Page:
Ovər half əf vowel sounds ɪn Englɪsh ə weak /ə,ɪ,i,u/, thɪs ɪs thə lowɪst levəl əf stress wi cən prəduce. əf these, thə trickiɪst sound ɪs thə schwa /ə/ bɪcause ɪt cən bi spelt əs ani əf thə five writtən vowels, ənd ɪs prənounced wɪth ə neutrəl mouth pəsitən.

Common Errors

Learners often import the stress patterns and rules from their first language, which causes misplaced stress in words and sentences. Those who speak syllable-timed languages (where every syllable is stressed) often do this in English, so need to master the weak/strong structure of English stress-time.

Students who speak in a relatively flat monotone can learn to overcome this by mastering the 5 levels of English stress and how to place more emphasis using pitch, volume and length. Those who speak too fast or without pauses and constantly run out of breath, can learn to break their speech into clear and easy to manage tone units.

iv) Tone

Tone is the pitch and direction of our voice as we speak.

Tone Production

English uses 3 intonation patterns and every unit of speech uses one of these patterns, compare:

i)  it’s ↘good     ii)  it’s ↘↗good     iii)  it’s ↗good

/ the ↘↗intonation pattern | starts on the tonic ↗syllable | and continues to the end of the ↘unit || English is ↘↗also notable | for a wide ↘pitch range | but only in specific ↘parts of a unit /

Tone Selection

Choosing the correct tone is based on meaning, attitude and context. Very generally a falling tone ↘ is complete and sincere; a fall-rising tone ↘↗ is incomplete and implicational; a rising tone ↗ is repetitive and friendly.

There are some places in intonation where the tone will directly change the meaning, but more often the tone will show the speaker’s attitude, and since this is a very personal aspect to speaking, rules do not always apply. The aim in accent reduction is to explore the full range of English intonation so that the learner is able to both hear and reproduce it.

Common Errors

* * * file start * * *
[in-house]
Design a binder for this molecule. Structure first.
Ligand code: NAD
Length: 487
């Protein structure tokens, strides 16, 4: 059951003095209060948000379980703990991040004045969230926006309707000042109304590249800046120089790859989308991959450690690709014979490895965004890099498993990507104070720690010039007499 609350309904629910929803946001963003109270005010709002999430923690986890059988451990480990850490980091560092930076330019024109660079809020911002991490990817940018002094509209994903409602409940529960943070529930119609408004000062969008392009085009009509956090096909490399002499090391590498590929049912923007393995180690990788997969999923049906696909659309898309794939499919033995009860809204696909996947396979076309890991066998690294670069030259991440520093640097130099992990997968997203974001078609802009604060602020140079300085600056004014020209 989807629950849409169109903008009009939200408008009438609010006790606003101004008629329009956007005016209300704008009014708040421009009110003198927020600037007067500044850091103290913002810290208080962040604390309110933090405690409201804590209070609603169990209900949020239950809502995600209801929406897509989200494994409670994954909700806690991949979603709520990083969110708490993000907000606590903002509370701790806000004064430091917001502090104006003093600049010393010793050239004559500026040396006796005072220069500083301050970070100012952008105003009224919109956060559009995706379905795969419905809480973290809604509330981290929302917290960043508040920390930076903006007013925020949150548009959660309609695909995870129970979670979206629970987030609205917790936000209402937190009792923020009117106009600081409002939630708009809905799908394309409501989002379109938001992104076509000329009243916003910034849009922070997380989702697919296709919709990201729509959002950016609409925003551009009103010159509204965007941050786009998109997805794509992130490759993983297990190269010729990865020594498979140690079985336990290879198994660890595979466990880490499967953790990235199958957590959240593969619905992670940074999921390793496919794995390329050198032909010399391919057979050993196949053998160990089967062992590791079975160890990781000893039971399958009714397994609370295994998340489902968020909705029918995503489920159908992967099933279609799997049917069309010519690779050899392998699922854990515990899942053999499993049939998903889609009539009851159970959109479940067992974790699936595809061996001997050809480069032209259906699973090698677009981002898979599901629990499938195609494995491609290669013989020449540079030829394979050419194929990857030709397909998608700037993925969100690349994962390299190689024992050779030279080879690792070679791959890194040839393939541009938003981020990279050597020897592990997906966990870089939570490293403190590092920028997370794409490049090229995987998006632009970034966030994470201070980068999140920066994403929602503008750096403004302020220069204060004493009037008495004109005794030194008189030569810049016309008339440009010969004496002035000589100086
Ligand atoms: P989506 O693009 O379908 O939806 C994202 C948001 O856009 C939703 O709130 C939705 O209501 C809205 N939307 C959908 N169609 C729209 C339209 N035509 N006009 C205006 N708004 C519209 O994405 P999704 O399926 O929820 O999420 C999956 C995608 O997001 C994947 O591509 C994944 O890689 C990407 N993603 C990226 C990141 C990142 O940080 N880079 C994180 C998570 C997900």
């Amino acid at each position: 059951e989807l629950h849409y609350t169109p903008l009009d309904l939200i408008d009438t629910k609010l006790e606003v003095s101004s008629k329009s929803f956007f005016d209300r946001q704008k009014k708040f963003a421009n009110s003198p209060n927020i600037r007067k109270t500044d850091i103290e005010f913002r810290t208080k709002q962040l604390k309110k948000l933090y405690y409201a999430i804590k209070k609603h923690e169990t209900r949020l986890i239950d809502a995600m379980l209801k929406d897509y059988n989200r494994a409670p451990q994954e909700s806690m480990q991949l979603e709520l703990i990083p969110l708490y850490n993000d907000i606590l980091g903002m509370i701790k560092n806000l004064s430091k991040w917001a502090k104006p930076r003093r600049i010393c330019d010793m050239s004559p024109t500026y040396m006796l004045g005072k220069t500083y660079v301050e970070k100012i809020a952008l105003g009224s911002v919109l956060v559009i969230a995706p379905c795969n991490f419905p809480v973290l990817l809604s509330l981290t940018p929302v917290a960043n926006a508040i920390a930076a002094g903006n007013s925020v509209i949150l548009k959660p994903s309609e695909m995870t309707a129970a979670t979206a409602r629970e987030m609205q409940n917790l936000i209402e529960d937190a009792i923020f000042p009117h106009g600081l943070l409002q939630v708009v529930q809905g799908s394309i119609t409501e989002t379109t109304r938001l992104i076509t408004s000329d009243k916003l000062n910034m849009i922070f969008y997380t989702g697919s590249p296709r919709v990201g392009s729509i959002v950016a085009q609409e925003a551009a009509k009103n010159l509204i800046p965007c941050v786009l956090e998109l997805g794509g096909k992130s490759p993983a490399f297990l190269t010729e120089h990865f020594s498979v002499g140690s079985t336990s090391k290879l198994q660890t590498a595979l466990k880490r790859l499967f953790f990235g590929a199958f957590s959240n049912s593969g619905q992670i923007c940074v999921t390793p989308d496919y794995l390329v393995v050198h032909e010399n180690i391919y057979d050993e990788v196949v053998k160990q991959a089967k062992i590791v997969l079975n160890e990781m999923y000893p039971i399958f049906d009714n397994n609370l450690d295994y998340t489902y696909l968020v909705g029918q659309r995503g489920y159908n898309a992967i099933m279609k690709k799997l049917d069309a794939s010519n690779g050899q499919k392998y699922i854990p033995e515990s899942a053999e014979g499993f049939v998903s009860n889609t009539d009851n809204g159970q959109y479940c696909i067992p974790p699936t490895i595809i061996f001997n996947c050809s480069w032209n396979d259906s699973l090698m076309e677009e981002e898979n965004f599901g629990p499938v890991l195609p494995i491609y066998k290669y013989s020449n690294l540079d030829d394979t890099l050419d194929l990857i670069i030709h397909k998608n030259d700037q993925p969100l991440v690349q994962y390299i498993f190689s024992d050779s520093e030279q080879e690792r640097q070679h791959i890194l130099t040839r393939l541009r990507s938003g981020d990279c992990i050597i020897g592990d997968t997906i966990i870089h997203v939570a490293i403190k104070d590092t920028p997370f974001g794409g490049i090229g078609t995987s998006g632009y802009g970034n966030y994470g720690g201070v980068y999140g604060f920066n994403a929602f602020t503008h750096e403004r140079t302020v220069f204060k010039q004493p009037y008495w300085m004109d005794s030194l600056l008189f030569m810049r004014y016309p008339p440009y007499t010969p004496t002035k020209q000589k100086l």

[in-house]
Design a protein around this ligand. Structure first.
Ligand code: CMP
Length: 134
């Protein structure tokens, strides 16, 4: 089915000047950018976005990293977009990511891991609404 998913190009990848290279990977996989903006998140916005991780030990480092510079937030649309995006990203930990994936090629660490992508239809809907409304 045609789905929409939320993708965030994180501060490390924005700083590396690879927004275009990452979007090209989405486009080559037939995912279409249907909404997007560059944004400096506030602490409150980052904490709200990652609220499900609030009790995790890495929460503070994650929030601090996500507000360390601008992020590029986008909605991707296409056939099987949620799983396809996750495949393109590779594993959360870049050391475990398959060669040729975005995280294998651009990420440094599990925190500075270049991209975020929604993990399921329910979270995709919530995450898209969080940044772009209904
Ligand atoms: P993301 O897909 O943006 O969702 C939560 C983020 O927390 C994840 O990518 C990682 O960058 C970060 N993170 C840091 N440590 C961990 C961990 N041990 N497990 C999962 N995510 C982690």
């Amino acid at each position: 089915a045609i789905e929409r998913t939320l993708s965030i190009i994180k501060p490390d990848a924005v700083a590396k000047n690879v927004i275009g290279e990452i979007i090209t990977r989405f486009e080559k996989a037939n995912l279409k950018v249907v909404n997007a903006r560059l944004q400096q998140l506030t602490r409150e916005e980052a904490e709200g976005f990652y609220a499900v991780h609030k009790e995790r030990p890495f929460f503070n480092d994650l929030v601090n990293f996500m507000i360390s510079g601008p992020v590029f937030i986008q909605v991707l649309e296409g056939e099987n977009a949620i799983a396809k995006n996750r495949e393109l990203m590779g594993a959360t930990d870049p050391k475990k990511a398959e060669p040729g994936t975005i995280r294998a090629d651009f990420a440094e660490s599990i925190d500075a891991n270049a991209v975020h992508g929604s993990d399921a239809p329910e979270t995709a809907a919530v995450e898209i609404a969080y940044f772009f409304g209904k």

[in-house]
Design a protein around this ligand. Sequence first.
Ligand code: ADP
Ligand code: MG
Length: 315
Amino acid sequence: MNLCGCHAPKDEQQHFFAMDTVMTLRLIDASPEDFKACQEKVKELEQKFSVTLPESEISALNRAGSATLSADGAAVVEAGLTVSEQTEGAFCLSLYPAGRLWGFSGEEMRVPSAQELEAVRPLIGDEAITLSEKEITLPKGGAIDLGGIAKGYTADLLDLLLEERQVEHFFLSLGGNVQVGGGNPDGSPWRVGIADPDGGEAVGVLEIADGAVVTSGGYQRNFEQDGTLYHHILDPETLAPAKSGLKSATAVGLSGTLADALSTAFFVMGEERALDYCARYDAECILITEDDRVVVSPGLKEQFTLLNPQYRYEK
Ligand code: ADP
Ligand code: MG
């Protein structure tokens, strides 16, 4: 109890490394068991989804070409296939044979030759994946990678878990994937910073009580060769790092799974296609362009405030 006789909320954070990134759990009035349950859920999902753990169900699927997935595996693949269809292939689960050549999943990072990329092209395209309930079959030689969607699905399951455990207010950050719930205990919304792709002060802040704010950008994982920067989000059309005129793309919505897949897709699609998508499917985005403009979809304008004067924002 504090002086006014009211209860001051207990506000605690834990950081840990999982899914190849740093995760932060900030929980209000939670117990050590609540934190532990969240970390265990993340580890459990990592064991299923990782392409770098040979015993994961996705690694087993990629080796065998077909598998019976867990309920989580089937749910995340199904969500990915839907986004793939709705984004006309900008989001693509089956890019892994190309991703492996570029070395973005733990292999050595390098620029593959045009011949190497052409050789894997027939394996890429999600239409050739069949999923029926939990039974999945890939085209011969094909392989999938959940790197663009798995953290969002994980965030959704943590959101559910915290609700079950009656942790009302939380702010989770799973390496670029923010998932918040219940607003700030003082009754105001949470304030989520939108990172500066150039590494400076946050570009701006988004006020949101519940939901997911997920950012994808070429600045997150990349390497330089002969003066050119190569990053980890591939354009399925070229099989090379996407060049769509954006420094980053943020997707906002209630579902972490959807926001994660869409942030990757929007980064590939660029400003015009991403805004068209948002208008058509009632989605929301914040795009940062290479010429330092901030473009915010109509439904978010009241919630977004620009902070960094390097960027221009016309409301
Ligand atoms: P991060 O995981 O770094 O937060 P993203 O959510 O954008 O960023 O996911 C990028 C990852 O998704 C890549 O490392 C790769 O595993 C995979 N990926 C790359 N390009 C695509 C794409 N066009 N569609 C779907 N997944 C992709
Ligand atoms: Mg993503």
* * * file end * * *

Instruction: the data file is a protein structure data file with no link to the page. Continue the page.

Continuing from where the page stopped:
Learners often incorporate the tones from their first language, so some English tones may seem strange, like a falling tone on a question. Now, where ↘was I?

The wide pitch range in English can seem ridiculous or unnatural to learners, which may cause them to sound bored or uninterested. Of the four skills covered in this article, tone is the most abstract and normally the last area that students master in accent reduction.

Why ‘Accent Reduction‘?

The term ‘Accent Reduction’ can seem strange and even offensive to some. “Accents are great!” and “Why would you want to change the way you sound?” some say. But the reality is that many even very advanced learners of English are not clearly understood or confident in their spoken English because their level of pronunciation and intonation does not match their other English skills. It is nearly always the mother tongue that is influencing these areas of speech, so that is why we can categorise it into ‘accents’ – each one displaying certain sets of sounds and intonation.

Most learners on these courses are aiming for clear, expressive English speech, to avoid becoming tongue tied or being misunderstood. This is not then about the acquisition of an entirely new accent, or emulating the Queen, it is about reducing, rather than entirely eliminating, the influence of a mother tongue. In the classroom, this involves highlighting the areas where the first language is causing errors, and subsequently studying, practising and mastering the 4 areas covered in this article.